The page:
Short-term small business funding rates tend to be higher than long-term small business funding, but this does not mean your total loan cost will be higher—because terms are much shorter, loan costs have less time to accumulate and often end up lower than funding with 5 or 10+ year terms.
Many forms of short-term funding, including merchant cash advances, use a factor rate to determine fees instead of a traditional interest rate. Factor rates are simple decimal figures that show how much “extra” you will owe on the original amount of the loan. They are based on your risk assessment, so the stronger your business’s financial history, the lower your rate should be.
Learn more about factor rates.
Alternative lenders, including direct online lenders, often have flexible approval requirements that are more favourable to businesses that may not qualify for long-term funding from a traditional lender, including younger businesses, businesses with lower credit scores, and businesses in “high-risk” industries.
Approval isn’t based on your credit score alone—instead, these lenders focus on the overall health and potential of your business. While your personal and business credit score will be factored into your application, these lenders will consider it alongside criteria such as:
- Business revenue
- Cash flow
- Vendor payment history
- Years in business
- Public records
When to use short-term small business funding
Short-term small business funding is best used for investing in opportunities that have a more immediate return on investment, such as:
- Project start up costs
- Bridging seasonal cash flow gaps
- Purchasing inventory in bulk for a discount
- Covering costs of emergency repairs or other unexpected expenses
- Hiring new employees
- Purchasing equipment
- General working capital
Who should apply for short-term small business funding?
- Businesses who need fast funding
- Businesses who need smaller funding amounts
- Younger businesses
- Businesses with lower credit scores
- Businesses with no collateral
Long-term Small Business Funding
Long-term small business funding is designed to meet the longer term financial needs of a business, such as expanding, acquiring another business, purchasing real estate, or other ventures that aren’t expected to generate an immediate profit.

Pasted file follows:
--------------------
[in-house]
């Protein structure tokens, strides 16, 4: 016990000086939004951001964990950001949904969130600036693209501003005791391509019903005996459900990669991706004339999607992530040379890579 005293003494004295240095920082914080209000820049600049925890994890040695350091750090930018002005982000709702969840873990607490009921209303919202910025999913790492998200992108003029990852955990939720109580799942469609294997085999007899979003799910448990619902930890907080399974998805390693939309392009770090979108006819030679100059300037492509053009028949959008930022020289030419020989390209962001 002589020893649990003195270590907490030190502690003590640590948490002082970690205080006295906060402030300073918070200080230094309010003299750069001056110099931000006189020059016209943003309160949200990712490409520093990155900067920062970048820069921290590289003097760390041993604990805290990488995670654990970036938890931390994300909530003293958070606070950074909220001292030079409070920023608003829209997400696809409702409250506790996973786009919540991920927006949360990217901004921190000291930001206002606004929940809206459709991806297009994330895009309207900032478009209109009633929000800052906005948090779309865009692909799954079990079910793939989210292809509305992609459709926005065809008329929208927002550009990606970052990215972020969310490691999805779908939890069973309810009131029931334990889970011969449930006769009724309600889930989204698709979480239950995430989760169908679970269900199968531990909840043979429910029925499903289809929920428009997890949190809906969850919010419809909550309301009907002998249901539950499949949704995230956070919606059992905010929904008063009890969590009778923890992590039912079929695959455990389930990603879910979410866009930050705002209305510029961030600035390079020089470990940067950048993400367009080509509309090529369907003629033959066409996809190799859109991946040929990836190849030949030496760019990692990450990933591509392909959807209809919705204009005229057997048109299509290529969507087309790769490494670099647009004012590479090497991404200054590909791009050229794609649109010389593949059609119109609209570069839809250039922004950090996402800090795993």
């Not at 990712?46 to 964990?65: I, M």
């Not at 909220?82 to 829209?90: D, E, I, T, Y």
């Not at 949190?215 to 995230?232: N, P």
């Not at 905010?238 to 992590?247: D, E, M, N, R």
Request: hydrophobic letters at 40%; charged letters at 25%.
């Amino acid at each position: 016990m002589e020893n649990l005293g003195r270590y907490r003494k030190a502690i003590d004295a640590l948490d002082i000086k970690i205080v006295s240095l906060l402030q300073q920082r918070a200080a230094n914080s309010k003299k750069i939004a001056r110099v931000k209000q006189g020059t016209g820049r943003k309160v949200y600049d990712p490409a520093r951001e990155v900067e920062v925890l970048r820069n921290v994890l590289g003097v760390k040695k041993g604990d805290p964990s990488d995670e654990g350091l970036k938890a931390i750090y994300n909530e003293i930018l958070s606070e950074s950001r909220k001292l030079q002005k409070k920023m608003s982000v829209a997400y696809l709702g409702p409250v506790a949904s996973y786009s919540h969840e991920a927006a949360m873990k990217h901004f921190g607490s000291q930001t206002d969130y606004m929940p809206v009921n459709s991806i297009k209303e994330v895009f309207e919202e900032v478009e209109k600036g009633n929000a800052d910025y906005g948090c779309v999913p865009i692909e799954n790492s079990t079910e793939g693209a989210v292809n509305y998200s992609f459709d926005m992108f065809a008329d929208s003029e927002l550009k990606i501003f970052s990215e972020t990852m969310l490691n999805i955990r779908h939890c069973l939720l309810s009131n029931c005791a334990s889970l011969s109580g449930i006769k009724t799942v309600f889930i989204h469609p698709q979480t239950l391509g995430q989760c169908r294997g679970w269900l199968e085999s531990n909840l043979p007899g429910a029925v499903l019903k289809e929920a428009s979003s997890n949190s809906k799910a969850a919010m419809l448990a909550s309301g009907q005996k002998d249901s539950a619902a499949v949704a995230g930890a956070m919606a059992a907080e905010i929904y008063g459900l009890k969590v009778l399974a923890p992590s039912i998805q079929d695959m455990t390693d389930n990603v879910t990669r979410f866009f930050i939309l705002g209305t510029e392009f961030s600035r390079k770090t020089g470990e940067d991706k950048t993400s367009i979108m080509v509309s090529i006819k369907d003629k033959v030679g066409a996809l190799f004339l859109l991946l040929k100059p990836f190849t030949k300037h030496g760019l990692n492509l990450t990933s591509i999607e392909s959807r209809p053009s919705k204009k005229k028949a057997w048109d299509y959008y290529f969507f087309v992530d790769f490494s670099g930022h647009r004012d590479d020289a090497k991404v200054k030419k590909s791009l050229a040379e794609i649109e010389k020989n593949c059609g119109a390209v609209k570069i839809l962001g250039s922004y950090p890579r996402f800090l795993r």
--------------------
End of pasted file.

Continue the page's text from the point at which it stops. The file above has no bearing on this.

Long-term small business loans tend to be granted for higher amounts—sometimes up to $2M, depending on the lender. Rates tend to be lower and monthly payments tend to be smaller than short-term funding. Smaller monthly payments may be beneficial for managing your cash flow, but approval requirements for this type of funding are often much stricter, and collateral or a down payment is often required.
Long-term business funding is typically repaid over several years, with term lengths sometimes as long as 10-20 years.
Types of long-term funding
Long-term small business loans are offered by traditional commercial banks and the Canada Small Business Financing Program.
There are two main types of long-term funding:
- Term loans: Term loans are the most common type of long-term business funding. With a term loan, business owners are given a lump sum of money that is paid off in set monthly installments, plus interest and fees, over a predetermined period of time.
- Business line of credit: Business lines of credit are also available for longer term periods. Businesses can draw from and repay the line as needed, and will only ever pay interest on the amount borrowed.
Long-term small business funding rates
Long-term small business loans typically use a standard interest rate. The rate is often lower than short-term funding options, but that doesn’t necessarily mean the loan will be cheaper—since term lengths are typically much longer, you may end up paying significantly more over the lifespan of the loan.
Long-term business loans are typically only approved for wealthy businesses with strong financial histories, exceptionally high credit scores, and collateral.
When to use long-term small business funding
Long-term small business loans are best used for investing in longer-term ventures that may not have an immediate return on investment, such as:
- Purchasing real estate
- Acquiring another business
- Building or renovating facilities
- Product development
Who should apply for long-term small business funding?
- Established businesses with strong credit and financial histories
- Larger loan amounts
Get the short-term funding that’s right for you
Short-term funding offered by alternative lenders offers a number of advantages over financing options offered by traditional lending institutions, including a simplified application, faster processing and approvals, and unique financing options that suit the needs of your business.
Many types of short-term alternative funding are available to businesses who need funding quickly, don’t meet the strict criteria of government funding programs and other traditional lenders, or would prefer not to seek funding from friends or family members. With funding from as little as $3,000 up to $500,000, business owners can access alternative funding that suits their unique needs, including merchant cash advances, online invoice factoring, and business lines of credit.